Notable Trade Controls from Russia and Belarus in Response to Ongoing Conflict in Ukraine – March/Early April Updates | Lowenstein Sandler LLP
As an update to Lowenstein’s previous alert, “Notable United States Sanctions and Export Controls Against Russia and Belarus in Response to the Ongoing Conflict in Ukraine”, below is an overview additional and notable US trade controls imposed on Russia and Belarus since February 28. 2022.
On March 8, 2022, the White House issued Executive Order 14066, prohibiting 1) the import into the United States of Russian “crude oil”; oil; petroleum fuels, oils and products of their distillation; liquefied natural gas; coal; and coal products”; 2) American people to make new investments in the Russian energy sector; and 3) any activity by a U.S. person that would facilitate any of the above, such as approving, financing, or guaranteeing any import of Russian petroleum or coal products into the United States or any new investment in the Russian energy sector by any person. Simultaneously, with respect to agreements involving the above activities that were entered into prior to March 8, 2022, the United States Office of Foreign Assets Control (OFAC) issued General License 16, authorizing a liquidation period ending on April 22, 2022, for activities usually incidental and necessary to import crude oil into the United States; oil; petroleum fuels, oils and products of their distillation; liquefied natural gas; coal; and coal products.
On March 11, 2022, the White House issued Executive Order 14068, which 1) prohibits the importation of Russian fish, seafood, and related preparations; Russian alcoholic beverages; and Russian non-industrial diamonds, and allows certain US agencies to expand this list; and 2) prohibits the direct or indirect export, re-export, sale or supply of certain luxury goods (to be determined by US agencies) to Russia; new investments in certain sectors of the Russian economy (to be determined by US agencies); and the direct or indirect export, re-export, sale or supply of US dollar denominated notes to Russia or the Russian government. General License 17A provides a narrow exclusion until June 23, 2022 for the importation of fish, seafood and preparations originating in Russia, provided that such products are imported into the United States pursuant to a written contract entered into before the 11th of March. 2022. Other limited general licenses also apply.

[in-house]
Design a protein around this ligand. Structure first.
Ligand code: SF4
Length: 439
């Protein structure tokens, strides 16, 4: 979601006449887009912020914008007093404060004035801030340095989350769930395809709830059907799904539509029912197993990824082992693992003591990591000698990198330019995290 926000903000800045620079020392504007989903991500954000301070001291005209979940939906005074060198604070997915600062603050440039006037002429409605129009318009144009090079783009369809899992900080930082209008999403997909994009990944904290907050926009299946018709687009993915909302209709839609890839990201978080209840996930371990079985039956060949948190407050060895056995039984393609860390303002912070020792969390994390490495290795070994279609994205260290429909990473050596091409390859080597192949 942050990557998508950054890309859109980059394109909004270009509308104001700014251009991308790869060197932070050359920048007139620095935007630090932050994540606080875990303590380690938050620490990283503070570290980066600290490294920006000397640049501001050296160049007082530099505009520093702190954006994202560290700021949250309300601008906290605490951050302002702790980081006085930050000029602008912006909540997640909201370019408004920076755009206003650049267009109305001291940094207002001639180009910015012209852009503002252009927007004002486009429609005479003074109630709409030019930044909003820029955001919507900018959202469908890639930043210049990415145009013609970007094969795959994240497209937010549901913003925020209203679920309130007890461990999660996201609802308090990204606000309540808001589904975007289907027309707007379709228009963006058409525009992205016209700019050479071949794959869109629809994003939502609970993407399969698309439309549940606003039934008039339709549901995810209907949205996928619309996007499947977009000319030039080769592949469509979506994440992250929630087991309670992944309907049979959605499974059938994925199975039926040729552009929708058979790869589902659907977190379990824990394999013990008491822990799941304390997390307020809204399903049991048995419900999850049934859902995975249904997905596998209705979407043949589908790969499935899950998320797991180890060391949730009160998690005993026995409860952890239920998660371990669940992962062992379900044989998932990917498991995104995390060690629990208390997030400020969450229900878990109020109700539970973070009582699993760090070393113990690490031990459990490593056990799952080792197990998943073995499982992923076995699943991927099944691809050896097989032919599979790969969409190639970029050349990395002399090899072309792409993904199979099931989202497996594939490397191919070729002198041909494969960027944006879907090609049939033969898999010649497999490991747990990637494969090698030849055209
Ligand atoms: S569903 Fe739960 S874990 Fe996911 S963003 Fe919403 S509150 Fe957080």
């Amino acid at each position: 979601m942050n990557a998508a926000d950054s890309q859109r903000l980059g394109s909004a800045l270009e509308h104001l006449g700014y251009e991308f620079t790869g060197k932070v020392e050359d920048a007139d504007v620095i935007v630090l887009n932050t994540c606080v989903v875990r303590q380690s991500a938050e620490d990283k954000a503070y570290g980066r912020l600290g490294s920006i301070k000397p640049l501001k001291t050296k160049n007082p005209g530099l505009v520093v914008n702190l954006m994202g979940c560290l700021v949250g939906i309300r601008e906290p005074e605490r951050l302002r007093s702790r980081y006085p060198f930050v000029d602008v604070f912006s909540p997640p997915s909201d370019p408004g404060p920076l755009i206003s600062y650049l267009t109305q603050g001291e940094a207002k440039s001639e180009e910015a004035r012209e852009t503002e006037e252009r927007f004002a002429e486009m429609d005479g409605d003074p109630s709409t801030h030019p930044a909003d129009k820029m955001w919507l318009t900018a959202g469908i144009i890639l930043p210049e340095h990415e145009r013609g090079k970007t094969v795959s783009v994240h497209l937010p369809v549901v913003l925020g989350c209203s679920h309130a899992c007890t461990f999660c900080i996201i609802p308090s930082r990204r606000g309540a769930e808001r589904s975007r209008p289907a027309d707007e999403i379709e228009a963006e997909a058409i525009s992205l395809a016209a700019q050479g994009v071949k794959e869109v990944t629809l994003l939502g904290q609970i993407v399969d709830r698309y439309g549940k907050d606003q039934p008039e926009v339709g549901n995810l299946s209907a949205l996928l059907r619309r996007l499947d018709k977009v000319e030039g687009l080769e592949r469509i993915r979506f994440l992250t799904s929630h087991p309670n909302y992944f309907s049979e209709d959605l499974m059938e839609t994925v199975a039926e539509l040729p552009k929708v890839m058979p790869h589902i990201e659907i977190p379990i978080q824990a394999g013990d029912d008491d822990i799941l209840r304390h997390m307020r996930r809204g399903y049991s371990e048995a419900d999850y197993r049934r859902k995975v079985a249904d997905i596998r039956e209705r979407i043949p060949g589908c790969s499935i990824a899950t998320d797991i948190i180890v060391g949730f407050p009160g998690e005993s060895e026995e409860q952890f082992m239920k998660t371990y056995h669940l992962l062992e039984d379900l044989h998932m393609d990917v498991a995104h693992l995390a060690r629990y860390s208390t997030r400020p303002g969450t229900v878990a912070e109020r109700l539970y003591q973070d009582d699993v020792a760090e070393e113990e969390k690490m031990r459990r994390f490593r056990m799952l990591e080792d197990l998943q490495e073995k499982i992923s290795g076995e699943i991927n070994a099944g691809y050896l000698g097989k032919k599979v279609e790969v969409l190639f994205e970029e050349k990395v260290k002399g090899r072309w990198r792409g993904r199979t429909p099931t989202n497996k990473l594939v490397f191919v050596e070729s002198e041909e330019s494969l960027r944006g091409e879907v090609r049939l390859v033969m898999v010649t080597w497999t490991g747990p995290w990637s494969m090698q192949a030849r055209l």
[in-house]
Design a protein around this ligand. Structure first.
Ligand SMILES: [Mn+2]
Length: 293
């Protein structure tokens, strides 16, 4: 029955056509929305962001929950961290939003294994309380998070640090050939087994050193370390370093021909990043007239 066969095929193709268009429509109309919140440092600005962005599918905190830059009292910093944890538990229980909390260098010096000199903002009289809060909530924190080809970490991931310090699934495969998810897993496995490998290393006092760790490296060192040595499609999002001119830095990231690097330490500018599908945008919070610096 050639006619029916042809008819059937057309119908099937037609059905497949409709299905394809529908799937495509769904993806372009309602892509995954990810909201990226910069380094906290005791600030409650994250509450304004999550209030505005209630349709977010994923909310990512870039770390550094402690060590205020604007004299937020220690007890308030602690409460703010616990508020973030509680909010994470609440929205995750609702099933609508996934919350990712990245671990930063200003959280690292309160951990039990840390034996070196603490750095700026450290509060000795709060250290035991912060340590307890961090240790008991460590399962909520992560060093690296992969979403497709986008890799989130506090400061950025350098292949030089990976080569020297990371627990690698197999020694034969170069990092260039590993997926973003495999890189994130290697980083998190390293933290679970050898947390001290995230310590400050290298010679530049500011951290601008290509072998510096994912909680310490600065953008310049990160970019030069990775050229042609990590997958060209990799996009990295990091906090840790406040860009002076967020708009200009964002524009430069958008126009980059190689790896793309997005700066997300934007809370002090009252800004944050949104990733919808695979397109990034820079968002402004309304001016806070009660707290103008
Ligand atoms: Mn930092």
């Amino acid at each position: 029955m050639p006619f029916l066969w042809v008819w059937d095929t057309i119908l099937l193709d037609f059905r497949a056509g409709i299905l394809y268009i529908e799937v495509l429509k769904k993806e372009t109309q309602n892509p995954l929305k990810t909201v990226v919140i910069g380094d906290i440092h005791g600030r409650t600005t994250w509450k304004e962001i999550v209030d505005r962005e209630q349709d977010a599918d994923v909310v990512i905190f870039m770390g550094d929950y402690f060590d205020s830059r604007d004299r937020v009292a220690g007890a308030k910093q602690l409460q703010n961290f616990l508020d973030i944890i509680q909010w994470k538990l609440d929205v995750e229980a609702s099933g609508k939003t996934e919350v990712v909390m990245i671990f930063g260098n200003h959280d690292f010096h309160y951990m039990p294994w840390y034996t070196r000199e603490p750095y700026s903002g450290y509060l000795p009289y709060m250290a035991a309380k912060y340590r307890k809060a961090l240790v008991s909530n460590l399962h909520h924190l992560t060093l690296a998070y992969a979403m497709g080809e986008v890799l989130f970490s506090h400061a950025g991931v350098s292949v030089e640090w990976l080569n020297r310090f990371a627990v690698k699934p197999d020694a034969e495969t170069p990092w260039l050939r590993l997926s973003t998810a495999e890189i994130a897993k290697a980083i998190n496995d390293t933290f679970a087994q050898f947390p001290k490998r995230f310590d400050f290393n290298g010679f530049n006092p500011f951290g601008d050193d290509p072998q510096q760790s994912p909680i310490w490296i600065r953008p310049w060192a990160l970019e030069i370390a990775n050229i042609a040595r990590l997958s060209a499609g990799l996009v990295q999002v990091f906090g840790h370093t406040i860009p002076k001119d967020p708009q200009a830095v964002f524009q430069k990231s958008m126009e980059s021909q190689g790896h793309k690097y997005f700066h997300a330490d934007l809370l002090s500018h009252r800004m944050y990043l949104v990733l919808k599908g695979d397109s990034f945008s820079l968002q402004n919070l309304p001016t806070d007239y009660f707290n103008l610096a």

On March 24, 2022, OFAC added dozens of Russian defense industrial base companies to its list of Specially Designated Nationals (SDN list). On March 31, 2022, OFAC 1) issued a decision that the aerospace, electronics and marine sectors of the Russian economy are subject to sanctions under Section 1(a) (i) Decree 14024 and that, therefore, the Treasury may designate any person or entity determined to operate or have operated in these sectors; and 2) added 21 entities and 13 individuals, including sanctions busting networks, malicious cyber actors, and Russia’s largest chipmaker, Joint Stock Company Mikron, to the SDN list. Additionally, on April 5, 2022, OFAC sanctioned Russia’s Hydra Market, a major darknet market, and associated virtual currency addresses based on its support of cybercrime.
On April 6, 2022, the White House announced that President Biden would issue a new Executive Order, “Ban New Investments and Certain Services to the Russian Federation in Response to Continued Aggression by the Russian Federation.” This order prohibits any new investment in the Russian Federation by U.S. persons, wherever located, as well as the export, re-export, sale or supply, directly or indirectly, from the United States, or by an American person, wherever located. , of any category of services as may be determined by the Secretary of the Treasury, in consultation with the Secretary of State, to any person located in the Russian Federation. The announcement also included naming members of the Russian Security Council and people seen as enablers of Russian President Putin; family members supporting the Russian president and foreign minister; and two of Russia’s largest banks, Sberbank and Alfa-Bank, their subsidiaries and any entities 50% or more owned by these companies. OFAC has issued additional blanket licenses authorizing transactions typically associated with liquidation activities with these entities.
In addition to taking the actions described above, throughout this period OFAC has added a number of individuals and entities to its Restricted Party Lists and issued various general licenses authorizing specific activities that would otherwise be prohibited.
2. Export controls